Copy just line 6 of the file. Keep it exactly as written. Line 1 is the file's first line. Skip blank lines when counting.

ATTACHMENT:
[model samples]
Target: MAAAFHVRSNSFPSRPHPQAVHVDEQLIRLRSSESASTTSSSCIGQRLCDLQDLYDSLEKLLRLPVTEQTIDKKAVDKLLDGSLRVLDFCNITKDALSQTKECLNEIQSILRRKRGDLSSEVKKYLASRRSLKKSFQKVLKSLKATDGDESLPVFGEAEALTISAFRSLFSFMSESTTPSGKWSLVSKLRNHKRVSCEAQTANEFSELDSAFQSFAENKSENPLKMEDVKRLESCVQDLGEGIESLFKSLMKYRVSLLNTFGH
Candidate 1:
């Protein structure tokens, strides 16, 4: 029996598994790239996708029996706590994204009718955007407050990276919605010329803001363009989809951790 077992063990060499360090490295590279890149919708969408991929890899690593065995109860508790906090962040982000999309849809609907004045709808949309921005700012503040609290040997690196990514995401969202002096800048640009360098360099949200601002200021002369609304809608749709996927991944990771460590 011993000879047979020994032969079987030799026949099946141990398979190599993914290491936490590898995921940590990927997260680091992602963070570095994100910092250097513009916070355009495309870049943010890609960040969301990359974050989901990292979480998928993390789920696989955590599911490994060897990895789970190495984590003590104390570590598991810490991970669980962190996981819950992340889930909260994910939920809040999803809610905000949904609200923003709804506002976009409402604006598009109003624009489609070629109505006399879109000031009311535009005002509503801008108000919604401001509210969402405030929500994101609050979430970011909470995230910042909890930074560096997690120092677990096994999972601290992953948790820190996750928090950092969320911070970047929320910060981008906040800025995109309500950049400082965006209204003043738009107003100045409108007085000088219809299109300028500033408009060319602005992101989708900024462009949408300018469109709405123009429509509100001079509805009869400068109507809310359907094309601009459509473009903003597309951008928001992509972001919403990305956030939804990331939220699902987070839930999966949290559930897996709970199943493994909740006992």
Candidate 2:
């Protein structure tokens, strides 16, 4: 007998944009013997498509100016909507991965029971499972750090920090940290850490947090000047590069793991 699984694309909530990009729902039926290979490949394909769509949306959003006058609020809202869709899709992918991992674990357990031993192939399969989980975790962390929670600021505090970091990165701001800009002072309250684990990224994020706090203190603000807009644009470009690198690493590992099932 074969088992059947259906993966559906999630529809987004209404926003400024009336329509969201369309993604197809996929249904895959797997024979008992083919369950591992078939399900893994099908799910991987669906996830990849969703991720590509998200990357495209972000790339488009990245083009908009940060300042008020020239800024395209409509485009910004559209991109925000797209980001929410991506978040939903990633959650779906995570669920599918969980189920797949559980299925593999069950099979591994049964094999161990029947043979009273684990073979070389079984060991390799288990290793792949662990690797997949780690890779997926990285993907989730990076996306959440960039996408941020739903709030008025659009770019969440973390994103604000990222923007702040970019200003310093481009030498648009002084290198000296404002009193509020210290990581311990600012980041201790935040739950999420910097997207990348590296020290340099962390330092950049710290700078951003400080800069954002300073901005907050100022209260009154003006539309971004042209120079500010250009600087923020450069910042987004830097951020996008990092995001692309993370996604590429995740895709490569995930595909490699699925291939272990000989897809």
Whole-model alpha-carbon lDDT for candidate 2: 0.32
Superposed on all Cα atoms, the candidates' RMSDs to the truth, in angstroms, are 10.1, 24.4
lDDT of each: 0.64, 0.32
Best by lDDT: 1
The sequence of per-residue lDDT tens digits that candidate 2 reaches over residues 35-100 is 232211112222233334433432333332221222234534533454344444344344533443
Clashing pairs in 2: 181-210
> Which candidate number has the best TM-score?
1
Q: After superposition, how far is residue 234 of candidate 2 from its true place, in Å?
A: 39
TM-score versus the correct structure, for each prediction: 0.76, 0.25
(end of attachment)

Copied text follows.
């Protein structure tokens, strides 16, 4: 007998944009013997498509100016909507991965029971499972750090920090940290850490947090000047590069793991 699984694309909530990009729902039926290979490949394909769509949306959003006058609020809202869709899709992918991992674990357990031993192939399969989980975790962390929670600021505090970091990165701001800009002072309250684990990224994020706090203190603000807009644009470009690198690493590992099932 074969088992059947259906993966559906999630529809987004209404926003400024009336329509969201369309993604197809996929249904895959797997024979008992083919369950591992078939399900893994099908799910991987669906996830990849969703991720590509998200990357495209972000790339488009990245083009908009940060300042008020020239800024395209409509485009910004559209991109925000797209980001929410991506978040939903990633959650779906995570669920599918969980189920797949559980299925593999069950099979591994049964094999161990029947043979009273684990073979070389079984060991390799288990290793792949662990690797997949780690890779997926990285993907989730990076996306959440960039996408941020739903709030008025659009770019969440973390994103604000990222923007702040970019200003310093481009030498648009002084290198000296404002009193509020210290990581311990600012980041201790935040739950999420910097997207990348590296020290340099962390330092950049710290700078951003400080800069954002300073901005907050100022209260009154003006539309971004042209120079500010250009600087923020450069910042987004830097951020996008990092995001692309993370996604590429995740895709490569995930595909490699699925291939272990000989897809």